Justin Mares talked about "Selling 40,000 Copies of your Self-Published Book (how I did it)".
He co-authored Traction, a book based on the idea that most start-ups fail because they don't get traction. How did they go about it? They did one-hour interviews on marketing and getting traction with founders and co-founders of several start-up companies. They had good relationships, which helped greatly in lining them up. BTW, the first person they interviewed was Jimmy Wales of Wikipedia, which made it much easier to get the other interviews.
Justin's biggest mistakes? Hiring a copy editor who wasn't really into their topic, so he ended up having to be his own editor. And only writing when he felt inspired. It took him four months to write a chapter. A no, no! He quoted someone who once said: "I write only when I'm inspired and that's at 9:00 a.m. every morning." [Fabulous!] This experience disciplined him and he started handing in one chapter a week to his co-author who he felt accountable to, which really helped him get going.
After Justin finished editing the book, they had an excellent idea: contact about fifty people from their mailing list (who knew what they were writing about) asking them to edit the book in exchange for a signed copy. About thirty of them sent back fabulous edits, which made the book so much better. In case you don't have a big list, you can try sending it to friends or people you know who are interested in your topic.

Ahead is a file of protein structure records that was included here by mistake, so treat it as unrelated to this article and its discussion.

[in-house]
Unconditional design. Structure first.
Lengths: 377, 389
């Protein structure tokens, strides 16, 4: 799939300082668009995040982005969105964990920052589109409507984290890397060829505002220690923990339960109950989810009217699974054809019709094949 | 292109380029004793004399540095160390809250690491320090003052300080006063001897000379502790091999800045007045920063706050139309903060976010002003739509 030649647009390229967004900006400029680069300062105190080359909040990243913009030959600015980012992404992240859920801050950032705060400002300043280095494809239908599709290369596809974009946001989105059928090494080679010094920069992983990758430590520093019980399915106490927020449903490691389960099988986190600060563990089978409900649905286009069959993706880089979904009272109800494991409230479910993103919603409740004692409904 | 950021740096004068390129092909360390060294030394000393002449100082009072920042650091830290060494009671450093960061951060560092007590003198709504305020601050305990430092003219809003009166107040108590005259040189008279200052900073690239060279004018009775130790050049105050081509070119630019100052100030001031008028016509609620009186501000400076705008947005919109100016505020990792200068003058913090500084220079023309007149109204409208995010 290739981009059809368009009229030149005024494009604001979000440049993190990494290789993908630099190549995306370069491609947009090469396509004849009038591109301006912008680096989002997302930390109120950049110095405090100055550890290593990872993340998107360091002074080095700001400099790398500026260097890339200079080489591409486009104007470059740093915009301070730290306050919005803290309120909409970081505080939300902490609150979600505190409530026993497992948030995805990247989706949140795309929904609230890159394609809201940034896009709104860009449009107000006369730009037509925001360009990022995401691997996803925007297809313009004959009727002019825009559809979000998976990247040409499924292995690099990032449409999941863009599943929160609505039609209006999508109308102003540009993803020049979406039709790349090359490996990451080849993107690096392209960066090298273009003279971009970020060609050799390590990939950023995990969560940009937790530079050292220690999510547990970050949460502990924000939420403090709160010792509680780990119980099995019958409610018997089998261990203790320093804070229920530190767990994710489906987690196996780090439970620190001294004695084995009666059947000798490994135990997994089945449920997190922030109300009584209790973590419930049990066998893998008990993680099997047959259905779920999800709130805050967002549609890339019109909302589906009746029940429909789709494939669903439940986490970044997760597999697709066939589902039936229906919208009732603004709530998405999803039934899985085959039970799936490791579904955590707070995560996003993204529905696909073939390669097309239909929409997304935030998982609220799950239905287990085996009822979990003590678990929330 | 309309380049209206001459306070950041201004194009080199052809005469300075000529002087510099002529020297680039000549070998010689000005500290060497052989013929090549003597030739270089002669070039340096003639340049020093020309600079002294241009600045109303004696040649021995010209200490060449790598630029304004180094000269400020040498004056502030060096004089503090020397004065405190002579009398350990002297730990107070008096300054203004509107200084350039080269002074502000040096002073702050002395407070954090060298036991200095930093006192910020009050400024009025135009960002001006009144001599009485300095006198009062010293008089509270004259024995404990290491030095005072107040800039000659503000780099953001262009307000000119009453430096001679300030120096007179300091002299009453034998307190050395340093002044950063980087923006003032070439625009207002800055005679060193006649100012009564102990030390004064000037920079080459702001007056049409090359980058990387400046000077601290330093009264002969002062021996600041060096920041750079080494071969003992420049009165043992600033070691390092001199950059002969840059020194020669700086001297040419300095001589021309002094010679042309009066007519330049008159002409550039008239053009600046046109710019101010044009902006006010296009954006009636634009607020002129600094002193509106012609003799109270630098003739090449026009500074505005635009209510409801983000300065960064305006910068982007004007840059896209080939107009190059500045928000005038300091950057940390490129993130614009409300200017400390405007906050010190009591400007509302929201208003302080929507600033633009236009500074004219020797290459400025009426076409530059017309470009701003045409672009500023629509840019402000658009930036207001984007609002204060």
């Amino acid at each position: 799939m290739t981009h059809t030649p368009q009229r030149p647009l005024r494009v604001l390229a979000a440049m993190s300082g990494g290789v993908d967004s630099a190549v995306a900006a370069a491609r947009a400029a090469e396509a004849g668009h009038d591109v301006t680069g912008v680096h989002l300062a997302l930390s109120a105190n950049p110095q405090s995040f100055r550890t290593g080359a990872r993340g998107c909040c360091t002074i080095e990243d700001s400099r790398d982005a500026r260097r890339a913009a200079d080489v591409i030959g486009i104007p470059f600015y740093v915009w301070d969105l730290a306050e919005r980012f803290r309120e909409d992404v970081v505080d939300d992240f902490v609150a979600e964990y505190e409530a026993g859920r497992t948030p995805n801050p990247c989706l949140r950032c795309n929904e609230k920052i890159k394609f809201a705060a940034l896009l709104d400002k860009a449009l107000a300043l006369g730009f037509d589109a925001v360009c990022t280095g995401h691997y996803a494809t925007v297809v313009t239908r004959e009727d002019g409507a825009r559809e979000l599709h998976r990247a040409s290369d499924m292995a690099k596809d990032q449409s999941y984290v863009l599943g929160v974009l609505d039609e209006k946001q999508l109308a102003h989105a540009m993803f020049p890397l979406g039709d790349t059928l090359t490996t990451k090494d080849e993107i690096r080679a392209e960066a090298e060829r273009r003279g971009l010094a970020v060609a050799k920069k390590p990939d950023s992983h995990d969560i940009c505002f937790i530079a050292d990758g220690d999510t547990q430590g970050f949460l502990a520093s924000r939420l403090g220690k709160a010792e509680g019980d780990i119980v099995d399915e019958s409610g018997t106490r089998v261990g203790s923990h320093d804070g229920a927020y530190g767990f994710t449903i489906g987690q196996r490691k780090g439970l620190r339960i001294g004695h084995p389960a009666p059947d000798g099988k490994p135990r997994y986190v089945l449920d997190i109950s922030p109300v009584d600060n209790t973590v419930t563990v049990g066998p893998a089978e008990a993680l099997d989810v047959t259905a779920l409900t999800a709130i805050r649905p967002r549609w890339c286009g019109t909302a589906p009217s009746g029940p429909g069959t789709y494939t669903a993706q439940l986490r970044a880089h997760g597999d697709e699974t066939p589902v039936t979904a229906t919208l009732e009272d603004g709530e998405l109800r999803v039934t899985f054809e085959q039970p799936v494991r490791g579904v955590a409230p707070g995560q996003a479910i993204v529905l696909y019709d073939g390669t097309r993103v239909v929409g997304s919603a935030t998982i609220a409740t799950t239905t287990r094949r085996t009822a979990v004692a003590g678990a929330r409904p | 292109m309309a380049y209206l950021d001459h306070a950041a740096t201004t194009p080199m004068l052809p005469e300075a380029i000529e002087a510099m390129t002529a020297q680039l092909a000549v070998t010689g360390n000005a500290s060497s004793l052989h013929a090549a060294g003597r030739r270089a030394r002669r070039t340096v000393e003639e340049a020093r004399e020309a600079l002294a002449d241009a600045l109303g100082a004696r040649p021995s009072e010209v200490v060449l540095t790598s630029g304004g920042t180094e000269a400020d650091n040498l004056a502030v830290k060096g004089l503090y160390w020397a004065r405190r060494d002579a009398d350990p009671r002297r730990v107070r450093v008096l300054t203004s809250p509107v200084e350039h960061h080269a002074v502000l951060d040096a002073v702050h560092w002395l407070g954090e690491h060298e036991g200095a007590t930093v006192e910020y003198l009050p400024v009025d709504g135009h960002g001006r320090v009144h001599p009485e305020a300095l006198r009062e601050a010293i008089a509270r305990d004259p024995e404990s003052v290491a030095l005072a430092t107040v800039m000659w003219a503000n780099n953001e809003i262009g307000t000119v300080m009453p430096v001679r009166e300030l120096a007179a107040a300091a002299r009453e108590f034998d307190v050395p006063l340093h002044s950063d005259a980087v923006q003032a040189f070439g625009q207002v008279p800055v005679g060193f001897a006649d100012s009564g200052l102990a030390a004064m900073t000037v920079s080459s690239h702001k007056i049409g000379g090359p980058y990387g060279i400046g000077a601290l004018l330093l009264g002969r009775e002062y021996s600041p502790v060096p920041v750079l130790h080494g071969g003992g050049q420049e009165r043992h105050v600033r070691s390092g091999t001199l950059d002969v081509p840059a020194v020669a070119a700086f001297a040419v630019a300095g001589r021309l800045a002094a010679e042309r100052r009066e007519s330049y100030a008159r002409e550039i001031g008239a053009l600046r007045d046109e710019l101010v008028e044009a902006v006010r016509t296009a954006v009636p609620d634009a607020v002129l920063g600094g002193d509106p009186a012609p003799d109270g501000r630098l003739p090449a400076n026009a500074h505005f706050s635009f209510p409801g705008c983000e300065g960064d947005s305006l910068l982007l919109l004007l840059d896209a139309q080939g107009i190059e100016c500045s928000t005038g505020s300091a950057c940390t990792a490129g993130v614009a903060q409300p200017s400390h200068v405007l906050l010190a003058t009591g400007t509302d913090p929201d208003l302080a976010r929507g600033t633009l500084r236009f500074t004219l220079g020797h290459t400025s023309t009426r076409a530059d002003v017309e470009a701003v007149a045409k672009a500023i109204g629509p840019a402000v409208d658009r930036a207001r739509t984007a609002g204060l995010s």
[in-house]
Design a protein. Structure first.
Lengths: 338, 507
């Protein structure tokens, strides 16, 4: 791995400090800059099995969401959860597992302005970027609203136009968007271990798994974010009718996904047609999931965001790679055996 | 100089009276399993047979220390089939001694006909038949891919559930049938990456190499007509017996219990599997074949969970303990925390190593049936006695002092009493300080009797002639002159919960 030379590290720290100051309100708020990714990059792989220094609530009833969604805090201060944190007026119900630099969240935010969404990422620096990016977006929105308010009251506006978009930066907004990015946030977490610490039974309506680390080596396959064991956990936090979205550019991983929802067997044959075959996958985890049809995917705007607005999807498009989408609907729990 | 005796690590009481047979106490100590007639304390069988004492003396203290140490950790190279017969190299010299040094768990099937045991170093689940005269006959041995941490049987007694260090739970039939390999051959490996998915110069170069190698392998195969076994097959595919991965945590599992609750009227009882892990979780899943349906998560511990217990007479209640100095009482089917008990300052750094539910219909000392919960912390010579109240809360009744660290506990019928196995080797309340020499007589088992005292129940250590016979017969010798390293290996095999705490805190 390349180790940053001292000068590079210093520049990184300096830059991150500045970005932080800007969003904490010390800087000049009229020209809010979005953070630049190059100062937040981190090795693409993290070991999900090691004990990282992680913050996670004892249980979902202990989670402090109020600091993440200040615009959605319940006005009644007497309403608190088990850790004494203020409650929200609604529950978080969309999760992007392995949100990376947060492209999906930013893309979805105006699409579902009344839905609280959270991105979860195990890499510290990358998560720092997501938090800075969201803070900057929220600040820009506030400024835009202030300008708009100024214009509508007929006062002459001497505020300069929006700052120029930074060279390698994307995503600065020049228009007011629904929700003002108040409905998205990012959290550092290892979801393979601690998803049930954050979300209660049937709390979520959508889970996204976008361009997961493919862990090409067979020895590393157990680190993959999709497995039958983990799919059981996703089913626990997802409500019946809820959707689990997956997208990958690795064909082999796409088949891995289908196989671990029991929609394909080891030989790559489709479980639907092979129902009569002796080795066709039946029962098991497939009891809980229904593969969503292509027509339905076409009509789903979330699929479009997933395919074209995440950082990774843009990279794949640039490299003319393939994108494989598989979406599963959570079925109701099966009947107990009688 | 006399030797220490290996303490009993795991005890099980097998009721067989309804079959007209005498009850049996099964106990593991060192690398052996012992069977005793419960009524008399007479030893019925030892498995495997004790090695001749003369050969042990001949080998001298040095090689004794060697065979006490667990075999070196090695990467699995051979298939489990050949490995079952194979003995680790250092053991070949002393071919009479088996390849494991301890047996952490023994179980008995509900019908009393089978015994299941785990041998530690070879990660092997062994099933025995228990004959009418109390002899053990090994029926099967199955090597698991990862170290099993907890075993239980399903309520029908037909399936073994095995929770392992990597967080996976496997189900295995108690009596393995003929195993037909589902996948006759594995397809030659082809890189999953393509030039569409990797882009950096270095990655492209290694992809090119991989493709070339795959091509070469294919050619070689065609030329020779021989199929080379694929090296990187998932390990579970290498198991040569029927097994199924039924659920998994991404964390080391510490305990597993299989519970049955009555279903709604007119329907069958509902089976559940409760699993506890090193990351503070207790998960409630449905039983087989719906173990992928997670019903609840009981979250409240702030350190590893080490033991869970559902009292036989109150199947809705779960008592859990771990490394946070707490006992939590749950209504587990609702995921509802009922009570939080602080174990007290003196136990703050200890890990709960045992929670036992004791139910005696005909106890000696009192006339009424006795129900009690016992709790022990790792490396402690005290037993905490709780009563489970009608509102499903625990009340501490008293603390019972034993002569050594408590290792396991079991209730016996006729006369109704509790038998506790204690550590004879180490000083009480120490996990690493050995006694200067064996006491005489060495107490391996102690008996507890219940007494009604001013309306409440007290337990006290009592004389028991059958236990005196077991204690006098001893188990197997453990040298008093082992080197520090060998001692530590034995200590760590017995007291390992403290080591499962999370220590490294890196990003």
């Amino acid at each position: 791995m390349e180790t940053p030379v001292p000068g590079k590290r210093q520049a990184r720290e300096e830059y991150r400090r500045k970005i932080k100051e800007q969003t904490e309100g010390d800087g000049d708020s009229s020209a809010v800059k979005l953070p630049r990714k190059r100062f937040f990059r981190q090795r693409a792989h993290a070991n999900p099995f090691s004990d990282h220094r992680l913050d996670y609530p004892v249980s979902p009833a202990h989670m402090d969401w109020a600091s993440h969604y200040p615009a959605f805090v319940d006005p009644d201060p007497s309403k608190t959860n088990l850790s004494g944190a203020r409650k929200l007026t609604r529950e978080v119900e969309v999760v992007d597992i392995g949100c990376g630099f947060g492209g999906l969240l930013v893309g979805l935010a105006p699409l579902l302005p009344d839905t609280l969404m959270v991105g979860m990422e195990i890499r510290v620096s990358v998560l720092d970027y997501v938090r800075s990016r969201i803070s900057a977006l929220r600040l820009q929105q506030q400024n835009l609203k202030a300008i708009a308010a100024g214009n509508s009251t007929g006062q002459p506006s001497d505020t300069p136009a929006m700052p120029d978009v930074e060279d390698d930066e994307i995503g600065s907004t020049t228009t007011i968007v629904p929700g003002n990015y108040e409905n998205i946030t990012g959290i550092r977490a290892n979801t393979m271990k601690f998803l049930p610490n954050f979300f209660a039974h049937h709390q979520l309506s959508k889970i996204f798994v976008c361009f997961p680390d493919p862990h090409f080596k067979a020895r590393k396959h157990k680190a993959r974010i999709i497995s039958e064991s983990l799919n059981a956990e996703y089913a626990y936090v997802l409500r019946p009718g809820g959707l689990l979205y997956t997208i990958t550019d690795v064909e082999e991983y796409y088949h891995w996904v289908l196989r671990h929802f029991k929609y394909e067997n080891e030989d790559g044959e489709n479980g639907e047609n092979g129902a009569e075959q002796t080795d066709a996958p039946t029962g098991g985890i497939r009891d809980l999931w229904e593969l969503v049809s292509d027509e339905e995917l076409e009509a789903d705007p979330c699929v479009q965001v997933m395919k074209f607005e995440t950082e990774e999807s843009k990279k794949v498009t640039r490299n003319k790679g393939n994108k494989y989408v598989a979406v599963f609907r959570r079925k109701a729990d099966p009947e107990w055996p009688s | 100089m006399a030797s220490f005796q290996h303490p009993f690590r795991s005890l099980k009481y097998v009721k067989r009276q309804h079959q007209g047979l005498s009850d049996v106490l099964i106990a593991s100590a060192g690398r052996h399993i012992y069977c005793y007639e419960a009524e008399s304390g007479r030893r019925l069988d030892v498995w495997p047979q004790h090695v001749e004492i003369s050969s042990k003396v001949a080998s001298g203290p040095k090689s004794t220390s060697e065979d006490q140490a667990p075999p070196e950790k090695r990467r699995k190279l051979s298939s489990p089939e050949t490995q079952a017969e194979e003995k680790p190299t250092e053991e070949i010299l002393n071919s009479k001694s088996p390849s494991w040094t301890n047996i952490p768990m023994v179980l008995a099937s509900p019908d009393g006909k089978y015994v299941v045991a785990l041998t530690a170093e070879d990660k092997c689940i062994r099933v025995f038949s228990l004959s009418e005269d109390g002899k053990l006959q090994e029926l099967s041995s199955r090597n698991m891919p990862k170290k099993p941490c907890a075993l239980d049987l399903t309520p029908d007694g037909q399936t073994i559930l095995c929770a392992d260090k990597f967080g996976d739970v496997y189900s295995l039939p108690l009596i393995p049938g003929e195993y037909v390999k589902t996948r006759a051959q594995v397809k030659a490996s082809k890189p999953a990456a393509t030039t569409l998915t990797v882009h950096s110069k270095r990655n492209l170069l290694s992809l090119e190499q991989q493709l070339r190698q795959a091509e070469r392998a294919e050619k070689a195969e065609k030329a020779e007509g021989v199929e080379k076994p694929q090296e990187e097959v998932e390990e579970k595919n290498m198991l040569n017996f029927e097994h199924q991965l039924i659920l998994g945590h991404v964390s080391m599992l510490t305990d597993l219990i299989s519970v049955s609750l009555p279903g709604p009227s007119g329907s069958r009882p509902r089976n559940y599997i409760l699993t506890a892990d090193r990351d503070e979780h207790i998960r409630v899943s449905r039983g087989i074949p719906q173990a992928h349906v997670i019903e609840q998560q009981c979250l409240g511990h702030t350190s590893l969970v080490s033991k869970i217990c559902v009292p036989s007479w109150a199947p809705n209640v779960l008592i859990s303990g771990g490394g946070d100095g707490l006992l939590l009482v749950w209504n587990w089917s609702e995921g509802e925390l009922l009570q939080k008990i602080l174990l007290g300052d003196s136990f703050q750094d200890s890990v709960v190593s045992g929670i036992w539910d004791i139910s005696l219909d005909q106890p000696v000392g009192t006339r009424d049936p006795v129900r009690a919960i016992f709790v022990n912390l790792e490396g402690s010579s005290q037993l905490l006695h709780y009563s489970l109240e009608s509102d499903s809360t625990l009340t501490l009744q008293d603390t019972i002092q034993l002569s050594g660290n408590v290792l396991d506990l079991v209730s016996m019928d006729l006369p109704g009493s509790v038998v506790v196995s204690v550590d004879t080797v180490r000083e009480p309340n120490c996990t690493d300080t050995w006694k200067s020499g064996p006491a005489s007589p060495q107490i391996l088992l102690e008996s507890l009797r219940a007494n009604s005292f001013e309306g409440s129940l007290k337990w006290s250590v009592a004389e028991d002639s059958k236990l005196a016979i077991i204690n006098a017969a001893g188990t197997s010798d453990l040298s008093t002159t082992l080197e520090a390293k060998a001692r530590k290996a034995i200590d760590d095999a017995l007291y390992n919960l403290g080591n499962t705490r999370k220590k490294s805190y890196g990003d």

How did they prepare for pre-launch? They built their email list, leveraged lists for everything possible, reached out to their PLNs, prepared YT videos, and got some podcast interviews and guest posts. Their aim was to have everything hit within a two-week period so that people saw it more and more. Another strategy that worked really well was running a promotion to their email list the day the book came out. And they also put together a bunch of bonuses.
They were on the top 10 Amazon books within an hour. And sold close to 2.000 copies in the first week. For Justin this shows the power of writing a good book. And a good launch gives you a good chance at long-term success and of people spreading the word for a long time. BTW, the book is being relaunched next October.
Biggest lesson learned from this whole process: feeling happy and impressed with how powerful a book can be to make connections with awesome people. [The human touch that I love!] Relationships were formed and they created something valuable that other people appreciate.
Tips for someone considering writing a first book: build an email list in advance if you can and check out if there are people interested in what you're writing about.
Justin, thank you for such a great webinar!
[At this point I'll make a personal comment. As a retired teacher-just-turned-senior citizen, I'm really impressed that I'm learning so much from a young generation of risk-takers full of passion, enthusiasm and know-how. They're very nice, natural and easygoing people who share their experiences with pleasure, both the positive ones and the mistakes along the way.
After listening to Justin, I really feel like writing about my own writing experiences and my great relationship with the publisher of my two print books.]